Grumbling, I straightened it and shoved some braces here and there. Just in time, it seems, for the next gale of wind that tweaked it in the other direction. Grumbling more loudly, I jacked it up here and there again, adding more braces and more ballast. Now impervious to any gale from any quarter, it suffered the final indignity of a huge snow load that bent the walls outward until several of the furring strips cracked. It is, for now, literally tied up with string so it doesn’t bulge out again, and when the weather allows, I’ll put in yet another set of braces.
In a happier storyline though, we come to the boom gallows. Originally, I made the mooring bitts and boom gallows stanchions from mild steel painted white:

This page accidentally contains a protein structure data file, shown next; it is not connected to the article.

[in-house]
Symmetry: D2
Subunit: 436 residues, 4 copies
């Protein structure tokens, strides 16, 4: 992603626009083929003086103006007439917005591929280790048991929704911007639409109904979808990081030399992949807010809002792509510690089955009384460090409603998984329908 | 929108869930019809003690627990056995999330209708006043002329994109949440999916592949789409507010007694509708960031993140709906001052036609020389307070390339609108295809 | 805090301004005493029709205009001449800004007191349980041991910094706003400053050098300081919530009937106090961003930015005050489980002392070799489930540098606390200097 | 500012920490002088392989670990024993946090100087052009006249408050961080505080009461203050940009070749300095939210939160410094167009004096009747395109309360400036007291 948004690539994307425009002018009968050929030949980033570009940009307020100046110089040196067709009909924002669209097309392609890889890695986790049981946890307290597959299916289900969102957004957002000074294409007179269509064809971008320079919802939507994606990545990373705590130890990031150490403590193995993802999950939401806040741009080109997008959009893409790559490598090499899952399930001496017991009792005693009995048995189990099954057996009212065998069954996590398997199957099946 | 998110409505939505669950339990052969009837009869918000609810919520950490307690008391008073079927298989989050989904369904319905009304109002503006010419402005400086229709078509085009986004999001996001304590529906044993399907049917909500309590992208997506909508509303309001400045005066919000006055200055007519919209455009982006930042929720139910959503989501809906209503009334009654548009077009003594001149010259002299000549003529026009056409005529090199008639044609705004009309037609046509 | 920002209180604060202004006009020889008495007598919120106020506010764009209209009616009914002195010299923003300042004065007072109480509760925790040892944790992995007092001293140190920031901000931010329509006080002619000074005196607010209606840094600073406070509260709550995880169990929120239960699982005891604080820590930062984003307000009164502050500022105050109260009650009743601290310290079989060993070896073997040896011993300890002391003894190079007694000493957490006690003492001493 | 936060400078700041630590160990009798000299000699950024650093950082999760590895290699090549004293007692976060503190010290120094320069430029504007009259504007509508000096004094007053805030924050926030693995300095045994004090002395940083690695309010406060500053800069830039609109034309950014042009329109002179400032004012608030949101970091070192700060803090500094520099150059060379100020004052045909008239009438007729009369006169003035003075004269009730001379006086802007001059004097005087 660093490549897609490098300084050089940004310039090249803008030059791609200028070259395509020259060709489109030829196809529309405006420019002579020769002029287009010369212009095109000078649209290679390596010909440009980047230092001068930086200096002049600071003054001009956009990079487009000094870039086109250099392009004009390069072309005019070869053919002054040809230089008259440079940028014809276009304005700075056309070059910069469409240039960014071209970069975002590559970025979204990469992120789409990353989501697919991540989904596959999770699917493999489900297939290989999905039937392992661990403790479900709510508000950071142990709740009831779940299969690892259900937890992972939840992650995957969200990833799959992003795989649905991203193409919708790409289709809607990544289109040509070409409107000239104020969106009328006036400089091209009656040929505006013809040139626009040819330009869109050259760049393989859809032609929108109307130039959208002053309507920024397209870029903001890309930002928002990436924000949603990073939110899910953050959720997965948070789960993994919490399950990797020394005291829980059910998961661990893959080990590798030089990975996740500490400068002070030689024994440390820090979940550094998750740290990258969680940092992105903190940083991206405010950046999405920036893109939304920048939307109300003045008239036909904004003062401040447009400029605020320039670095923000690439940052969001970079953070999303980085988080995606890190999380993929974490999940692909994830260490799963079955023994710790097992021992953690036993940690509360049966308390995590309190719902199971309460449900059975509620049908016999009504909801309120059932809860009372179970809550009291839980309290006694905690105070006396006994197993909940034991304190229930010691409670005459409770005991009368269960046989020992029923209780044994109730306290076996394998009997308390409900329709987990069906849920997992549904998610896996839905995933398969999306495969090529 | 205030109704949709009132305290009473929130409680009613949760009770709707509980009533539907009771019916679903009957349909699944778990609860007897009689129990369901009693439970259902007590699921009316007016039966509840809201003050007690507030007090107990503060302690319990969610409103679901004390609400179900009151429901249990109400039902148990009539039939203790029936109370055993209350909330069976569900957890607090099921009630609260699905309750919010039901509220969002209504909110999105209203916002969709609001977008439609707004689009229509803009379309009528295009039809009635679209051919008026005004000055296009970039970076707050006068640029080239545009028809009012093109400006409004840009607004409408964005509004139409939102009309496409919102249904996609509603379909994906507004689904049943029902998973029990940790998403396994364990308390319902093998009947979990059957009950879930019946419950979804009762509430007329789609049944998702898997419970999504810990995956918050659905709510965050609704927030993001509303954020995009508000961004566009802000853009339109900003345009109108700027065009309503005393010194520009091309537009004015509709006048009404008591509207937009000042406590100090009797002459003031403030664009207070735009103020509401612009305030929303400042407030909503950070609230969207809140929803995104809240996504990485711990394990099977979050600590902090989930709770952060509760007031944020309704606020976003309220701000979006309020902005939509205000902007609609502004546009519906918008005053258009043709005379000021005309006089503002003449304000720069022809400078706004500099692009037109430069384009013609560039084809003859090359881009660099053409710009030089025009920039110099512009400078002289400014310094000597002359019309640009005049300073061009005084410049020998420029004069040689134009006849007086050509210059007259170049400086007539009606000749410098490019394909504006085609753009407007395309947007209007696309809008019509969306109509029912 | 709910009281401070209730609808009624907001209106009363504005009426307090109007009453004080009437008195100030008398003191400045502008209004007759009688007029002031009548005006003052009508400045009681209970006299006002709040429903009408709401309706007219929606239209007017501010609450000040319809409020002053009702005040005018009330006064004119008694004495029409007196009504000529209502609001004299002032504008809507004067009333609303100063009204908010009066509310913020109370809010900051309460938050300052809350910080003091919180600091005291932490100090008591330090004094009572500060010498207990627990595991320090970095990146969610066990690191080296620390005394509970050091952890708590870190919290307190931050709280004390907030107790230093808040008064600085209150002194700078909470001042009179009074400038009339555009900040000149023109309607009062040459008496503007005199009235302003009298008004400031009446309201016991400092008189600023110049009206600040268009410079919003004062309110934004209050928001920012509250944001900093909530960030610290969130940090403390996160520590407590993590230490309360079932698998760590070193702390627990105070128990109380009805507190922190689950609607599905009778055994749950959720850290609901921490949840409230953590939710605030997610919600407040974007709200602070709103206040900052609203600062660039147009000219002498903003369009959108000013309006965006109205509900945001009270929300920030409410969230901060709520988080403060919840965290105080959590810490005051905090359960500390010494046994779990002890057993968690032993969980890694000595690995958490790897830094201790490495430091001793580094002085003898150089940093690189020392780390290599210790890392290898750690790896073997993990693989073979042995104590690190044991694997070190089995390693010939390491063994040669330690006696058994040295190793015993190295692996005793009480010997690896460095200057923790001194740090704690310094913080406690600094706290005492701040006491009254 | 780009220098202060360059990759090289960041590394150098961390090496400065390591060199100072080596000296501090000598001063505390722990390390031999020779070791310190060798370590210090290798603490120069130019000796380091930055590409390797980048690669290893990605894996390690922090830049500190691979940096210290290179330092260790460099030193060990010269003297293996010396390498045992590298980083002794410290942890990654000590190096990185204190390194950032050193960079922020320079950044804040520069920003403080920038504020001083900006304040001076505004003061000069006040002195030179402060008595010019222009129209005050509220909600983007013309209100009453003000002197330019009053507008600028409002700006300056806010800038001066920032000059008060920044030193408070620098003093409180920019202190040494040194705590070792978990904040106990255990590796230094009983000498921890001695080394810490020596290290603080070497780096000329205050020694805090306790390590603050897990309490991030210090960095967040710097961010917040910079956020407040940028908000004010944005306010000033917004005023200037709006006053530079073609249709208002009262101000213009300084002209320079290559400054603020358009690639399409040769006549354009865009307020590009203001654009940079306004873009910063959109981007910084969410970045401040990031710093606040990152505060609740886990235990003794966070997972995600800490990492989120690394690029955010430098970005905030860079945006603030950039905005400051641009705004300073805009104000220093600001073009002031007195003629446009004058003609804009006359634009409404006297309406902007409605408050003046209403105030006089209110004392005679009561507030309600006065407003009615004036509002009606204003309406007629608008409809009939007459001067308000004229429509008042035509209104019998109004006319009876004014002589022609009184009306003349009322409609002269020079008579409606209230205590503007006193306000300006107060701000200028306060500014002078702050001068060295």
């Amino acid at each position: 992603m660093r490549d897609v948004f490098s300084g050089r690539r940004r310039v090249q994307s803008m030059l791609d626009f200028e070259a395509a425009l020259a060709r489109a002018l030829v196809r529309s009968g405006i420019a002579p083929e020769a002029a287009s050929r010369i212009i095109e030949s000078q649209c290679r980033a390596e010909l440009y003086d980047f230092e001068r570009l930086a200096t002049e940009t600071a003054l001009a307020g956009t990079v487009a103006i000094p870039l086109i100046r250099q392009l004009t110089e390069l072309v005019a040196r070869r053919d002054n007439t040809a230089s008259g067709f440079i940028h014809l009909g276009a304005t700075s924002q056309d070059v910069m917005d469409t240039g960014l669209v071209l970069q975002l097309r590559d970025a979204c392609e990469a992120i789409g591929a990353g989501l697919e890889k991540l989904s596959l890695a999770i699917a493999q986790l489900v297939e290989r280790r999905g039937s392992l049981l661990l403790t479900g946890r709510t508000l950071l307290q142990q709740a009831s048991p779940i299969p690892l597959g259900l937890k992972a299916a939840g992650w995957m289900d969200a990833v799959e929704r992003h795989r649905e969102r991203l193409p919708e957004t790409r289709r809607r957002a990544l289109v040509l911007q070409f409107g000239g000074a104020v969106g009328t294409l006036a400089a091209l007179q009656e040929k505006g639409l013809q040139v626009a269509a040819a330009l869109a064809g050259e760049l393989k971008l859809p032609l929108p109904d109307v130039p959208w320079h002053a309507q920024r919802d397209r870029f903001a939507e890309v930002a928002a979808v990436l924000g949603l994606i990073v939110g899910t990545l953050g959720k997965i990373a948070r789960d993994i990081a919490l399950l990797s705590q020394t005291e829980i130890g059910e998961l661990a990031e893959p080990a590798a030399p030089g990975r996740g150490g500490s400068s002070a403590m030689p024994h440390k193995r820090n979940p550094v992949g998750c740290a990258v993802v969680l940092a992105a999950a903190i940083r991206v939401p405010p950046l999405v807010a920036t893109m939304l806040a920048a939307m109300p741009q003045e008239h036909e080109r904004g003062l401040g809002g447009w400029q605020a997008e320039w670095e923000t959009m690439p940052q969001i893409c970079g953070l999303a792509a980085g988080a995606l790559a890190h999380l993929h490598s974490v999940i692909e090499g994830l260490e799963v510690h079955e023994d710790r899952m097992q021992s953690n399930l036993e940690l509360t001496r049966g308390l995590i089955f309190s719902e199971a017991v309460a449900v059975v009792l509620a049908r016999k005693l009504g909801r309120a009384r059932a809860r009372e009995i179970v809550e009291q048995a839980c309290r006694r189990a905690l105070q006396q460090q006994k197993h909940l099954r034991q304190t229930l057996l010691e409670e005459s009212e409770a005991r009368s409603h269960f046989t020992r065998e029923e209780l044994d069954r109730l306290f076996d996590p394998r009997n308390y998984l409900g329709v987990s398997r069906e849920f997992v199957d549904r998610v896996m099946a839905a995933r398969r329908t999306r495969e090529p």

It was an expedient of poverty, and one that got us pretty far along before a refit in Virginia allowed me to replace the bitts with aluminum, and the gallows stanchions with stainless tubing. That second set of gallows also wasn’t meant to be permanent—it was just to stop the rust that had plagued our decks and scuppers for six thousand miles.
I had formed a notion, from pretty early on, that a more elegant solution to the homemade outboard bracket would be a jack-plate incorporated into a stern rail. The stern rail would be part of the boom gallows as well, and support the windvane self-steering hardware in one tidy package, instead of everything by itself and a million empty bolt holes in the transom.
It would be a time-consuming process, but as it happens, I’m in no hurry to get Ganymede back in the water just now. I began by making an Object, based upon the existing boom gallows, that would serve as a pattern for the future rail. It was an obscene thing of tape and lashings and struts and hot glue and bent doorskin with notes pencilled on, but I felt it conveyed tolerably well the thing I wanted.